Presenter view is useful in checking how long your slides are playing and keep you aware and alert of the time you’re spending on stage. In addition to these useful functions, you can preview your next slide and notes.

Prepare yourself with the use of these settings and make Presenter view a valuable helper for your next, big presentation.

 

Reference

Bajaj, Geetesh. “PowerPoint 2013 Tutorials – Enhanced Presenter View in PowerPoint 2013.” Indezine.
November 9, 2012. Accessed January 7, 2016. www.indezine.com/products/powerpoint/learn/powerpoint-2013/enhanced-presenter-view-ppt2013.html

Choose and Customize View Panes in PowerPoint 2013

Ribbons? Tabs? Status Bar? Views? Familiarize yourself with PowerPoint’s layout so you won’t get lost. A little customization can help make you feel at home.

We’ll cover basic information on the different kinds of views in PowerPoint under the View tab. There are eight available views in this tab plus the two additional views, the Slide Show view and the Presenter view.

It’s overwhelming to see these features for the first time, even more so when you don’t know what they’re for. These views are meant to make your PowerPoint experience faster and easier. Find out which view works best for your tasks.

PowerPoint 2013 Basics

Customize View Panes in PowerPoint 2013: PowerPoint basic tabsUnder the View tab, you will find eight views: Normal, Outline View, Slide Sorter, Notes Page, Reading View, Slide Master, Handout Master, and Notes Master.

1. Normal View is the default view, and therefore the most familiar type of view. It has three areas, The Slides pane, the Slide area and the Notes.

The Slides pane is where you can preview a thumbnail-sized image of your slide. The Slide area is the largest area where you directly add elements to your slide. The Notes pane is where you can add your notes. This can also be expanded or collapsed by clicking and dragging the thin border above it.

2. Outline View is similar to Normal View, except it replaces the visual thumbnail views in the Slides pane with a textual, outlined list of the slide’s content. You’ll only see the text in your slide when you use this view, helping you focus only on the text instead of the visual elements on your slide.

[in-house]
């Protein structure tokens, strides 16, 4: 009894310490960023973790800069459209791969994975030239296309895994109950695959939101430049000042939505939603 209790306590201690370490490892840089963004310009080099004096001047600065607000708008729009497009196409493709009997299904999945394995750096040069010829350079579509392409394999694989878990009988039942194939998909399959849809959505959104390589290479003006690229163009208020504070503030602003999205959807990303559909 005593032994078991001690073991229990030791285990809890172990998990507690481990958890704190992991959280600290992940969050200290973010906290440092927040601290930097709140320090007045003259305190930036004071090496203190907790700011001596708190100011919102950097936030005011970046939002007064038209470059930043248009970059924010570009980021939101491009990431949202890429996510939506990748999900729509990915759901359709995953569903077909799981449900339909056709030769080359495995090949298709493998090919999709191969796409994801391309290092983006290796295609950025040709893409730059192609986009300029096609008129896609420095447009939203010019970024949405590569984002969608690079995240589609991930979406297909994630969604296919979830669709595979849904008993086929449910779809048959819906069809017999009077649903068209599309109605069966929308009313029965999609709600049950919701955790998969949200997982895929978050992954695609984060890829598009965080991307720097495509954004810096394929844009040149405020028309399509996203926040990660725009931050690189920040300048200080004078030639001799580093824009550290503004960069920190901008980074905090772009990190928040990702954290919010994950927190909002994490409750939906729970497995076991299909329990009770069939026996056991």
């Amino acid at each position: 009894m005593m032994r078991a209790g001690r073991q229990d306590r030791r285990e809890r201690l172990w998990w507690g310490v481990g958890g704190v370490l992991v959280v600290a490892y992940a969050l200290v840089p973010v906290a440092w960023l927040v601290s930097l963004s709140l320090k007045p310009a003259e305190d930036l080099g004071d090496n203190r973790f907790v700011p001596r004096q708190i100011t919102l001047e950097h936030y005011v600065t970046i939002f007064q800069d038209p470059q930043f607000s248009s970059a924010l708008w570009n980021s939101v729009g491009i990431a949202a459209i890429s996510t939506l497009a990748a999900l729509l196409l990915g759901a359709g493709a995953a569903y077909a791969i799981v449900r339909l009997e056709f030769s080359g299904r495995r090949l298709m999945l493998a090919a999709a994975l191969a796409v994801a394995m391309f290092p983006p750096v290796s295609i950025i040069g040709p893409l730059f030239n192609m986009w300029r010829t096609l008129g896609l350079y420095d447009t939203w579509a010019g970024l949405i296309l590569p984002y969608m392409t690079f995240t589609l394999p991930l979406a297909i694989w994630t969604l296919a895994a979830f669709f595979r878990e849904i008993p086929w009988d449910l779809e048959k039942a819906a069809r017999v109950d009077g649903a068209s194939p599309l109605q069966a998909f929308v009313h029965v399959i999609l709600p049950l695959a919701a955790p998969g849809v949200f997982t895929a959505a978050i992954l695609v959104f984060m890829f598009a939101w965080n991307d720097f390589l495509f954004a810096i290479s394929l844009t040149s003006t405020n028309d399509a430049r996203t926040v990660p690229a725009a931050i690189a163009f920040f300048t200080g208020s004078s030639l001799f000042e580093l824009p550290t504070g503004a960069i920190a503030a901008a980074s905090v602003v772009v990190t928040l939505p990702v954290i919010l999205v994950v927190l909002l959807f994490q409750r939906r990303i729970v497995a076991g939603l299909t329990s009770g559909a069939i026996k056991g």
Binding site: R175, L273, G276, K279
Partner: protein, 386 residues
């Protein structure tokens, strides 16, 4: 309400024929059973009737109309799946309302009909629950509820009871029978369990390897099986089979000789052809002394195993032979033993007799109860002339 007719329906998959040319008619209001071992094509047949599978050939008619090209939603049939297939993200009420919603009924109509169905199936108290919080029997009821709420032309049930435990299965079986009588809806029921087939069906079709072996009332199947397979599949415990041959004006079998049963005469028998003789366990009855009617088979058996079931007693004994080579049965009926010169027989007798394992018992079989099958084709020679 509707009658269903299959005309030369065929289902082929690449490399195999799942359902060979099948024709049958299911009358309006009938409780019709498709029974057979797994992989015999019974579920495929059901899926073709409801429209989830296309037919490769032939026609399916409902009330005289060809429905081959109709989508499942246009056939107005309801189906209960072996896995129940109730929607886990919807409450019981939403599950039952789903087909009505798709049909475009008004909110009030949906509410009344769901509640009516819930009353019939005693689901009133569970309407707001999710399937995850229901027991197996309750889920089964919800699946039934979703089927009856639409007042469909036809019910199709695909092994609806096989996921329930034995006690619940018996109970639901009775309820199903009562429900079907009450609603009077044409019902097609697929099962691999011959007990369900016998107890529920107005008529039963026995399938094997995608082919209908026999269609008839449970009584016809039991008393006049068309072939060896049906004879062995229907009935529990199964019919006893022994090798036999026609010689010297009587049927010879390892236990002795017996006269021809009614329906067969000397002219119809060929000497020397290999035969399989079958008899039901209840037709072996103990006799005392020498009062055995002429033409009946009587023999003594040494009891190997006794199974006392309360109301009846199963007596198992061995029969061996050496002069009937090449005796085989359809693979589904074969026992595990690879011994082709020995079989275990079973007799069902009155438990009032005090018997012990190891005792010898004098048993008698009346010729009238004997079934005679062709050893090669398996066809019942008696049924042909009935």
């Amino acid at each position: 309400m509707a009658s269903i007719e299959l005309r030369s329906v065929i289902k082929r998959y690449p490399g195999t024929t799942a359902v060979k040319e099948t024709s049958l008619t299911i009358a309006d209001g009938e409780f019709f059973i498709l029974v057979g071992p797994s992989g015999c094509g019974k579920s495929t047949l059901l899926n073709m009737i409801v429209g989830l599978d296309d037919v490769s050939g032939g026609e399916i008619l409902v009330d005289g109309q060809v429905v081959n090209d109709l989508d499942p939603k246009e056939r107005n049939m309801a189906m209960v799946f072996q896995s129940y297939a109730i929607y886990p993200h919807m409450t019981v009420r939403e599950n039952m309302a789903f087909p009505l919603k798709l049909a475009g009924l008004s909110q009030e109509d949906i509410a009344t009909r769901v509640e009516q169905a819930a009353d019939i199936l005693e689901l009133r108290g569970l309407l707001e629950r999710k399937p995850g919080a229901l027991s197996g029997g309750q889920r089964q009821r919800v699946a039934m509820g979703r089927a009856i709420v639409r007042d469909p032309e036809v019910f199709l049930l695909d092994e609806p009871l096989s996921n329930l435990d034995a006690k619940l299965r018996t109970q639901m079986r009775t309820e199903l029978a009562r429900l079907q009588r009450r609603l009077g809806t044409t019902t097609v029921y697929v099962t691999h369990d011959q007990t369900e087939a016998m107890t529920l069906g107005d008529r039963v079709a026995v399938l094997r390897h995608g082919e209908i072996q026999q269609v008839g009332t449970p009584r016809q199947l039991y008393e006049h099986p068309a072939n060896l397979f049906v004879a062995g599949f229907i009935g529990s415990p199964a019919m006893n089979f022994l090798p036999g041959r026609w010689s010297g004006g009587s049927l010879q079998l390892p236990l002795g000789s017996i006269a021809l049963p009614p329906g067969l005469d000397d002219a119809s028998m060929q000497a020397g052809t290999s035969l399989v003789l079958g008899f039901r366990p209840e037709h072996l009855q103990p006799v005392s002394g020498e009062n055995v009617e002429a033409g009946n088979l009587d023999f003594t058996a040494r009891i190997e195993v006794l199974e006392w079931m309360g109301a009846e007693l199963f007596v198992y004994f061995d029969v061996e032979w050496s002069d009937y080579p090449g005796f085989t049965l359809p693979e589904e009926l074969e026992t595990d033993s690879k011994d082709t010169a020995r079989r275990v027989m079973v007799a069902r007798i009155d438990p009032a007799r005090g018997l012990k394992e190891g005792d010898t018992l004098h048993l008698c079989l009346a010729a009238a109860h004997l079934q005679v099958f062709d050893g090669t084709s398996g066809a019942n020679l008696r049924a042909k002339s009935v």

3. Slide Sorter Don’t be alarmed, the Slide area hasn’t disappeared. This view is a single area that shows all your slides as thumbnails. It’s a great view to use when you need an overview of your deck.

Group your slides much easier with Slide Sorter.

4. Notes Page shows a vertical view of your slide. The page has two sections: the upper section that contains your slide, and the lower section that contains your notes.

Use the notes page to focus on adding notes to your deck.

5. Reading View is very similar to the Slide Show view since both display your slide in full-screen mode. The difference is that Reading View shows the title bar and status bar of PowerPoint to help you keep track of which slide you’re currently viewing.

6. Slide Master has a similar layout to Normal view. Changes in this slide affect all the slides under it. It’s the perfect view when you need to apply plenty of elements to many slides quickly.

Apply your company’s logo consistently and in perfect alignment by placing it in this view.

7. Handout Master provides a single, vertical view of your work area similar to the Notes page. But this view groups your slides into one page.

Print materials from PowerPoint using this view to leave spaces for notes and compress enough slides in one page for easier viewing.

8. Notes Master is a printer-friendly version of your Notes page. Every change you make in the Notes Master also affects the Notes page view. If providing more notes is your priority, the vertical orientation of the page gives you more area for writing down notes.

Additional Views

Customize View Panes in PowerPoint 2013: Slide Show Tab Additional View

Access the Slide Show view from the ribbon. It contains four commands under the Start Slide Show category and four commands under the Set Up category. These two categories help you synchronize your slide timings.

Customize View Panes in PowerPoint 2013

The Presenter View is a special setting that gives you more control of your slides.  This view pops up once you start your slide show.

Presenter View only runs on computers with dual screen capabilities, so make sure you have a projector plugged in. The main monitor displays the Presenter view, while the screen the audience sees is projected on your other monitor or projector.

The Presenter View has four areas as shown in the image above:

1. The Toolbar (1) menu on top has a button that allows for the toolbar to expand or collapse, another button that swaps the presenter view and the slide show, and a button to end the slide show which closes the Presenter view.